Wednesday, December 28, 2016
Monday, December 19, 2016
It goes on to talk about mistletoe and Santa Claus, as well as the parish priest coming by to offer a blessing on the household. I’m not sure if it’s a very accurate picture of Christmas in Killarney, or anywhere else in Ireland! But it is lots of fun!
Thursday, December 8, 2016
Barbourville, in the southeast corner of Kentucky, was (and is) a long way from the small Vermont town where she grew up. But when she took a teaching position there at a small liberal arts college and began teaching English literature and grammar to would be teachers, business folks and others, she settled in. So did my Dad, who after a four decade career as a pastor, started fresh teaching religion and speech at the same college. They joined a church, began to make friends, and gained some notoriety as excellent professors.
But then their world was turned upside down when Dad was struck by a drunk driver and almost killed. For seventeen sometimes long years, he was an invalid--a paraplegic, with serious brain injuries. But, with a tremendous amount of volunteer help from church members and college friends, as well as some terrific professional caregivers, Mother managed to keep him at home until he died of cancer in 2009.
When Dad's accident happened, Mother needed to learn to drive. She had never gotten a driver's license. So two or three friends taught her the rudiments of operating a car. One of her coaches frequently took her to the local cemetery to practice. "You all can't kill anybody here," he told her. She was a good student, and got her license to drive. I think through the years she was as proud of that license as she was her PhD!
She retired, and at seventy-five, took up the dulcimer! She even played with a local group--the Knox County Porch Pickers. Amazing! She read voraciously (still does) and worked at the local historical society as a docent. But all that started to change a bit ago. She could no longer drive, and needed some extra help. So the move to Florida where my wife Linda and I live.
On the last full day we were in Barbourville, Mother and my brother Bob and I went to the cemetery where she had learned to drive, and where Dad is buried. She wanted to tell him goodbye. "He was my guy," she said. And so he was. She bought a single red rose, and placed it on the grave. Not a whole bunch of roses, Dad was rather frugal, he wouldn't have approved of such extravagance. So a single bud. "I'm moving to Florida," she told him. She's made us promise to bury her ashes next to his when the time comes. She even has a headstone next to his. It's a promise none of us are eager to keep. But when we need to do so we will.
We shared a few stories as we stood in the damp greyness of the late afternoon, and then we walked back to the car. And the next morning, with some hired help, we packed up the truck, which Linda drove to Florida, and then we left town.
Somewhere on I-75 Mother said to me, "Barbourville seems so long ago now. So far away." And I know it is. But I also know it will never be far from her heart. She loved that little Appalachian town---and, as we saw so many, many times over the years, they loved her right back.
"Bless their hearts!"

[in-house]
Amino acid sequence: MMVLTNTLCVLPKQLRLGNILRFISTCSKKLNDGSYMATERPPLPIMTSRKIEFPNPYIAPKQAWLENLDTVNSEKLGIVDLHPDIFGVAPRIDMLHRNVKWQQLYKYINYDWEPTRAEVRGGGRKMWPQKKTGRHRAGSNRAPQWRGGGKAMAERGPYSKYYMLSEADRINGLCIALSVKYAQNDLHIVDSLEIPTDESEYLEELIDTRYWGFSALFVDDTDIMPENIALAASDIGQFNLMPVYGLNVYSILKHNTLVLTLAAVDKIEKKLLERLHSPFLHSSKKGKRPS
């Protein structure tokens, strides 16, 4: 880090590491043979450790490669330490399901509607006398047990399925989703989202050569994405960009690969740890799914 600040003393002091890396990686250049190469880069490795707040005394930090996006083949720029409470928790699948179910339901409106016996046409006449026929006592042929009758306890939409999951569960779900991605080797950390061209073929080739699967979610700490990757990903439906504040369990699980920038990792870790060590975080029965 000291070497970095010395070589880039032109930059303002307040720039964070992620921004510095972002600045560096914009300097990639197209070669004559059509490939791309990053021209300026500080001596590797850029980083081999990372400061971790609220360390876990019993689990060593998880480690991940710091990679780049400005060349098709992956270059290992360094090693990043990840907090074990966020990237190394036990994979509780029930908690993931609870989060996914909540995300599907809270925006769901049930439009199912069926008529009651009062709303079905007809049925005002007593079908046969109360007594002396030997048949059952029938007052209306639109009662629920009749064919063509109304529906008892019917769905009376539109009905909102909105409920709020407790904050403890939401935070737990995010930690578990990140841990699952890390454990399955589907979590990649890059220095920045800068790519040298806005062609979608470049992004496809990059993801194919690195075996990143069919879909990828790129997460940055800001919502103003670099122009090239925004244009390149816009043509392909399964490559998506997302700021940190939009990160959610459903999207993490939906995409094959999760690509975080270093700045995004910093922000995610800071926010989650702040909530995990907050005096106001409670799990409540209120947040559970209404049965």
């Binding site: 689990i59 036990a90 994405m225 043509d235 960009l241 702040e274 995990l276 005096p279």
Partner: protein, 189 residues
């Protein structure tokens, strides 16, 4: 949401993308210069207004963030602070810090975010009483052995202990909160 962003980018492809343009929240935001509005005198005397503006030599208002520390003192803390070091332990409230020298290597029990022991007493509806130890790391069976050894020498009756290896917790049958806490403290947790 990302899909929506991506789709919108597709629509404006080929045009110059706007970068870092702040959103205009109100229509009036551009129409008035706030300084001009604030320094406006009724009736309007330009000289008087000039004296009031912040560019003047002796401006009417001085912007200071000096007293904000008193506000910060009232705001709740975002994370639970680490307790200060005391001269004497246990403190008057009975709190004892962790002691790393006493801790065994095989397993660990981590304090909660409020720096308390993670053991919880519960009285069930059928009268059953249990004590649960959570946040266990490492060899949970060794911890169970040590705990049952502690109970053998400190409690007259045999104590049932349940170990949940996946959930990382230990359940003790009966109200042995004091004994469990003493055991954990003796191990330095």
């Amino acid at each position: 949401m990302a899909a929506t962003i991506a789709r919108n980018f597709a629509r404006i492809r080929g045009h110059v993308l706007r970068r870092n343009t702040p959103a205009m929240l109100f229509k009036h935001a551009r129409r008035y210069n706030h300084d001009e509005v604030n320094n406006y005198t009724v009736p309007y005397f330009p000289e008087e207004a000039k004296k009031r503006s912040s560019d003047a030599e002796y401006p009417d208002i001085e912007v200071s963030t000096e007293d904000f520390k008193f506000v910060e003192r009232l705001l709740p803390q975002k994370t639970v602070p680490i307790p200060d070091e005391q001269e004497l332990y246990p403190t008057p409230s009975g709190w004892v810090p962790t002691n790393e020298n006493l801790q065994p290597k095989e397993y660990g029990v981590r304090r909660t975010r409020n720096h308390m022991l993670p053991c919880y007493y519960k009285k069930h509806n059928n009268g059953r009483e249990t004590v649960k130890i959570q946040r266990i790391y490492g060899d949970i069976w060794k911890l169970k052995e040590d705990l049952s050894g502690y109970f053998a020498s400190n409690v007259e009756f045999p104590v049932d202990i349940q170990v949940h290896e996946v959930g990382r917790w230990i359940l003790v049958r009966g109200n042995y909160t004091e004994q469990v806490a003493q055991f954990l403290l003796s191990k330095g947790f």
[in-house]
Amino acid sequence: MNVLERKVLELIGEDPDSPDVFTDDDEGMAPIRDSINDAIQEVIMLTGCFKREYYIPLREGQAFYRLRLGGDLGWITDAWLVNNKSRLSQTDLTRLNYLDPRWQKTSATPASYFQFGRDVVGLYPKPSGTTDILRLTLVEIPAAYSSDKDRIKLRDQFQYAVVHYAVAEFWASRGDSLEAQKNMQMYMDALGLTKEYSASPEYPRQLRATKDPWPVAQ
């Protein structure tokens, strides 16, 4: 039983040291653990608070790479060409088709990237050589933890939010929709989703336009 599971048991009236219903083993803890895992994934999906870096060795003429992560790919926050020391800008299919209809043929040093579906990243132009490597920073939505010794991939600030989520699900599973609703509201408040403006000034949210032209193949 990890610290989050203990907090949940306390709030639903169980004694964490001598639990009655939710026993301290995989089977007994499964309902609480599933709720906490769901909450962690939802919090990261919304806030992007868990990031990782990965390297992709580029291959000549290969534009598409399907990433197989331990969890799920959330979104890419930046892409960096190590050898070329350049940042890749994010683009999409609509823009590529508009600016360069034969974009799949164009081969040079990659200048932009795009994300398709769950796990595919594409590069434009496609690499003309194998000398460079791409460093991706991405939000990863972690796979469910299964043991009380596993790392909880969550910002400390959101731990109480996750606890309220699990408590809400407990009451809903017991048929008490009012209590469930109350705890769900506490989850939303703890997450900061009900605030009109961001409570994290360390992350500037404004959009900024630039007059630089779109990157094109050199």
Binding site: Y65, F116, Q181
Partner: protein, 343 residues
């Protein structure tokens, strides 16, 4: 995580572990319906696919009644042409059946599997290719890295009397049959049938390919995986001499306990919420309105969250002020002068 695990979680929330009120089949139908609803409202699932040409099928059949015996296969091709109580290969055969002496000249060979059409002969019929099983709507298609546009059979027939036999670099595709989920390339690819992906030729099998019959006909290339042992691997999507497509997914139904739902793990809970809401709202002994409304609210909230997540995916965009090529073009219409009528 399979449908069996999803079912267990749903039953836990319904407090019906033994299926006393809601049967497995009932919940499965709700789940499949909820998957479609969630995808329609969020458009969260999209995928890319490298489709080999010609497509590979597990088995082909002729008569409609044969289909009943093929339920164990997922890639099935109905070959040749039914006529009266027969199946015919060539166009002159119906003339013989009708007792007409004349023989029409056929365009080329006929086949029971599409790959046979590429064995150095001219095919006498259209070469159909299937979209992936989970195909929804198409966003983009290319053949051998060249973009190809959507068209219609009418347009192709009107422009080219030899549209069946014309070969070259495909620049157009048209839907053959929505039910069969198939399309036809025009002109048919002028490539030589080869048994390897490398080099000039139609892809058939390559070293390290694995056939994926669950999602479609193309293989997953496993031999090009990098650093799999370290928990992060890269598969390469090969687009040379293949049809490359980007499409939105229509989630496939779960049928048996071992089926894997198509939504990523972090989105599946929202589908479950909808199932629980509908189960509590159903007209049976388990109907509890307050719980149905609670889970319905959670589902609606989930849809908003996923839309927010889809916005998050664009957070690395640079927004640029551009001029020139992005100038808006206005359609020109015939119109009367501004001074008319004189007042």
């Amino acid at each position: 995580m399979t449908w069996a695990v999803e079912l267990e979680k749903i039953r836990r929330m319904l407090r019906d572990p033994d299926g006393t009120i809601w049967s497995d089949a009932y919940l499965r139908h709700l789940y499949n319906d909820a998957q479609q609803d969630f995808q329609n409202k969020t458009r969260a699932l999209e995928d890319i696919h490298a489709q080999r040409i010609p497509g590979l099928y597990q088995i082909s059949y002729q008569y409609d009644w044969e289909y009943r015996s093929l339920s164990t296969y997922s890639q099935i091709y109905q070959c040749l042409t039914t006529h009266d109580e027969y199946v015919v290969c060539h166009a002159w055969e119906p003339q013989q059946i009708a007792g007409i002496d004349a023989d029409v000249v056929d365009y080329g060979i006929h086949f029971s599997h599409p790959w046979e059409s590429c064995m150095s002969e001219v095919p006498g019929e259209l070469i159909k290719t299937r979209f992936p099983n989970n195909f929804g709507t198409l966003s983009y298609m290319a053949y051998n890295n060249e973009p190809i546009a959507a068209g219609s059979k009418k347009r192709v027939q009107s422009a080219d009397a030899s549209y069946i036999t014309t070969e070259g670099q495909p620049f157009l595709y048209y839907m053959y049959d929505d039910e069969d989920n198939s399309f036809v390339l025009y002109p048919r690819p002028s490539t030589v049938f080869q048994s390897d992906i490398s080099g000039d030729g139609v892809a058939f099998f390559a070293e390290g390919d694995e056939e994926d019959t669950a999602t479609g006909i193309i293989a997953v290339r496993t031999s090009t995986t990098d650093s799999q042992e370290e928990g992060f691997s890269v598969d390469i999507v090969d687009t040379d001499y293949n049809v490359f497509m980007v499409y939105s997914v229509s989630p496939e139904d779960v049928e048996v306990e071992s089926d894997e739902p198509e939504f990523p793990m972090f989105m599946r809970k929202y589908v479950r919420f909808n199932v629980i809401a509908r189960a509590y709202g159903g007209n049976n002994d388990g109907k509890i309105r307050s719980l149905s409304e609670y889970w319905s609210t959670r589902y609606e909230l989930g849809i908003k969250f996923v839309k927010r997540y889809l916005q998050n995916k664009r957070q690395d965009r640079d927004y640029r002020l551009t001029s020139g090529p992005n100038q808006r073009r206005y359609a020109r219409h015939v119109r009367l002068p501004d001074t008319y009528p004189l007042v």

Monday, November 28, 2016
There is a lot I like about this C. Baxter Kruger's latest book Patmos, most especially his central thesis that "the assumption of separation is the great darkness." (91) I like the way he continually emphasizes his point that here in the West we have all too often believed the idea that we are separated from God and from one another. But that, says Kruger, is a false notion. We are not separate from God. We are not separate from one another. We just think we are. It is a message that we need to hear often in post-election America!
But that said, there are things about the book that I find less appealing.
It's basic premise in fairly straightforward. The well-educated 21st century theologian, Aidan Williams, is magically sent back in time to Patmos, where he meets the Apostle John. For three days they have an extended theological conversation focusing on many matters, but most especially on the Incarnation. And, in the end, Aidan is returned to his own time and his own home.
I have no trouble with the idea of time travel. It sets up intriguing possibilities like this one. And while Kruger does recognize some of the incongruities it creates, his focus on things like slang expressions which would make no sense to a first century human being seems very forced in most instances. In fact, it is distracting. I suspect some of it is introduced to alleviate the heavy theological dialogue, a bit of leavening with humor, but it usually falls flat. Especially the seventh-grade locker room jokes about flatulence.
Kruger makes some assumptions about the Apostle John with which many scholars would disagree. Not only the chronology of his life, but also, more significantly, crediting him with the authorship of all the Johannine material in the New Testament. While it is true many conservative scholars would agree with his understanding that the John who wrote the Gospel of John is the same as the John who wrote the Book of Revelation, there are many others, of many theological persuasions, or no theological persuasion, who would disagree.
That said, there are some wonderful twists and turns in the book that make sense out of things that are often hard to comprehend. The discussion John and Aidan have about the Trinity, with its emphasis on relationship, is truly enlightening.